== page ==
Microsoft Bing: Searching for a Winning Strategy
Microsoft Bing partners received a depressing reality check ahead of next week’s Microsoft Worldwide Partner Conference 2012 in Toronto. Indeed, Microsoft is taking a $6.2 billion write-down charge in its Internet division — mostly because the aQuantive acquisition is not meeting expectations in the search war vs. Google. The charge also provides an inflection point for online and mobile partners, where Microsoft’s relationships with Yahoo and Nokia, in particular, are struggling mightily.
Microsoft purchased qQuantive in 2007 for $6.3 billion cash. But in a prepared statement this week, Microsoft said:
While the aQuantive acquisition continues to provide tools for Microsoft’s online advertising efforts, the acquisition did not accelerate growth to the degree anticipated, contributing to the write down.
Microsoft insists Bing’s market share is growing, but eMarketer sees the U.S. Web-search ad revenue market this way:
- Google had 74 percent market share in 2011, growing to 77.9 percent in 2012.
- Microsoft Bing had 13.7 percent in 2011, falling to 11.5 percent this year.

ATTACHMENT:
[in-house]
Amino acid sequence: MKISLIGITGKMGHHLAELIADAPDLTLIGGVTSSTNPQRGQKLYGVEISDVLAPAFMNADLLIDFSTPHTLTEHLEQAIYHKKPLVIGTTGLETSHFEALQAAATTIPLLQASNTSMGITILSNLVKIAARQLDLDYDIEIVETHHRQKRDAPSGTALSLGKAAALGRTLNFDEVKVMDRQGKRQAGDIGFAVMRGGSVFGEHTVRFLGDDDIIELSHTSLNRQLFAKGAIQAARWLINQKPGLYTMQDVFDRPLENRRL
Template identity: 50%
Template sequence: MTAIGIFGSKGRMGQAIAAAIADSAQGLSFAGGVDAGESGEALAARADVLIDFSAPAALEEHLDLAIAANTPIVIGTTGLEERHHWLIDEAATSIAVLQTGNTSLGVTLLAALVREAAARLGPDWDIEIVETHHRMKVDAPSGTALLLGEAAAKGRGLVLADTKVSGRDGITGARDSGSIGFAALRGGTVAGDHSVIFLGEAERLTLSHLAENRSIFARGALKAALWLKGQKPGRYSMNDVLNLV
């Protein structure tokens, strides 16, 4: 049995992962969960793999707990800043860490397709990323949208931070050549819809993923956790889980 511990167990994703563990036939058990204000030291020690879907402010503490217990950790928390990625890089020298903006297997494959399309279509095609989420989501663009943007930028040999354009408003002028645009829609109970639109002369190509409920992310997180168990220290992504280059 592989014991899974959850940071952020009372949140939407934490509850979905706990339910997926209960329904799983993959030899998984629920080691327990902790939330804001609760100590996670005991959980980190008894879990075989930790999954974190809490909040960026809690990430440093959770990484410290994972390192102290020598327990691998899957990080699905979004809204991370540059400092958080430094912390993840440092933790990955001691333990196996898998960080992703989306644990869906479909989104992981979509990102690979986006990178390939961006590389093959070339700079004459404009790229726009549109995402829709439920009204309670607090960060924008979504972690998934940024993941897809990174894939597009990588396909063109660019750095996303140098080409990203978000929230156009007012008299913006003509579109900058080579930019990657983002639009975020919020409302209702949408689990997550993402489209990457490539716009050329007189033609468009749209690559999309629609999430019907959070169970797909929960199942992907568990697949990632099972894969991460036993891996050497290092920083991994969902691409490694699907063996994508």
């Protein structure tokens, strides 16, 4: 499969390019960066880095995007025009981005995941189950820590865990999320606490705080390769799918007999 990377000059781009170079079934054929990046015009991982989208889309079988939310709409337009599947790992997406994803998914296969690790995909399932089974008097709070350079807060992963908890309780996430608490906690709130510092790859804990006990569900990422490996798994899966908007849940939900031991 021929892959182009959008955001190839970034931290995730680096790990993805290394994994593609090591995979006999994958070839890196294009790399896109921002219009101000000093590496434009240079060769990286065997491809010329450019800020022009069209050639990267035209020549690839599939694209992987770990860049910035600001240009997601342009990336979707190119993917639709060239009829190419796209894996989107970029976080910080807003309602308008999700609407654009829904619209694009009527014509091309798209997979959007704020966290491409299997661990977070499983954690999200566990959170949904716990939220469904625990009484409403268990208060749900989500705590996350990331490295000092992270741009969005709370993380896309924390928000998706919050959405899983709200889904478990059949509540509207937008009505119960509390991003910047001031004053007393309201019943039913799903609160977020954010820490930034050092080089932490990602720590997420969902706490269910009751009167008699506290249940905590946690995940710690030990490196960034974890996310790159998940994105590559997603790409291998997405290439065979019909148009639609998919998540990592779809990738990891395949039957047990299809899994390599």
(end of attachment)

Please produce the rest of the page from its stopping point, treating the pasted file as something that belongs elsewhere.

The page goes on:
Google also manages to make more money than Microsoft off of each search performed, The Wall Street Journal reported.
The Microsoft Bing challenges highlight how the software giant’s partnerships don’t always pay dividends. Microsoft has a high-profile search partnership with Yahoo, and a smart phone partnership with Nokia. Both of those relationships are under extreme stress amid Google’s continued growth with search and Android-powered smarthphone sales.
While Microsoft’s Internet division struggles, the company’s Office 365 and Windows Azure cloud businesses also face intense competition. Office 365, now one year old, continues to gain channel partner backing. But Google continually shifts the SaaS conversation to price when competing with Office 365, notes one Microsoft partner.